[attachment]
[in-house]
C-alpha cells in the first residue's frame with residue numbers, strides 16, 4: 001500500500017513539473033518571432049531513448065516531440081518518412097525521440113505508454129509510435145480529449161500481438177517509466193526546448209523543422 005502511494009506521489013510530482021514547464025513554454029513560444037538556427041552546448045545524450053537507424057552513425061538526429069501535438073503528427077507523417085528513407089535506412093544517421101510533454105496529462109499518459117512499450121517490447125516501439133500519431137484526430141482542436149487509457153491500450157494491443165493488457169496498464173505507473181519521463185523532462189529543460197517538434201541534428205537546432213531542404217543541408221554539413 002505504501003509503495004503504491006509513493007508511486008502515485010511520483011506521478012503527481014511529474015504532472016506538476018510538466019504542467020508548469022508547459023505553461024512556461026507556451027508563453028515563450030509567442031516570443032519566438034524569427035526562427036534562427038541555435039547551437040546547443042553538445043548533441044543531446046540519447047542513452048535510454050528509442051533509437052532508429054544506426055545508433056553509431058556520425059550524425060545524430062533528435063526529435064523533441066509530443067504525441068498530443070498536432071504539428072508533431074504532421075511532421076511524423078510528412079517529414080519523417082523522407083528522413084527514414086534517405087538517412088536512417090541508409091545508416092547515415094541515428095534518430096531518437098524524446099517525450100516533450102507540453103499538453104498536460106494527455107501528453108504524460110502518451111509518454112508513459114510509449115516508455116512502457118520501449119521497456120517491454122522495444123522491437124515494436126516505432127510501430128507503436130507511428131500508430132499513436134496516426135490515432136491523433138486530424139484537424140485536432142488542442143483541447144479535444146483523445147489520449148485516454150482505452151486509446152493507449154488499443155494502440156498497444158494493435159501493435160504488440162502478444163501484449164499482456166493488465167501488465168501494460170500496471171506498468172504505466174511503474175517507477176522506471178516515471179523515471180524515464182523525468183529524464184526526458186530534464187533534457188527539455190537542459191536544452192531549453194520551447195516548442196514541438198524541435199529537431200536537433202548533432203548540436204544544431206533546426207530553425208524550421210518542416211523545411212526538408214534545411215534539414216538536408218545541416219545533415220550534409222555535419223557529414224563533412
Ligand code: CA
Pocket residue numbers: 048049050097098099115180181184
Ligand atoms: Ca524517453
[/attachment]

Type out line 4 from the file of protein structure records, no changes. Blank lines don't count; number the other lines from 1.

Pocket residue numbers: 048049050097098099115180181184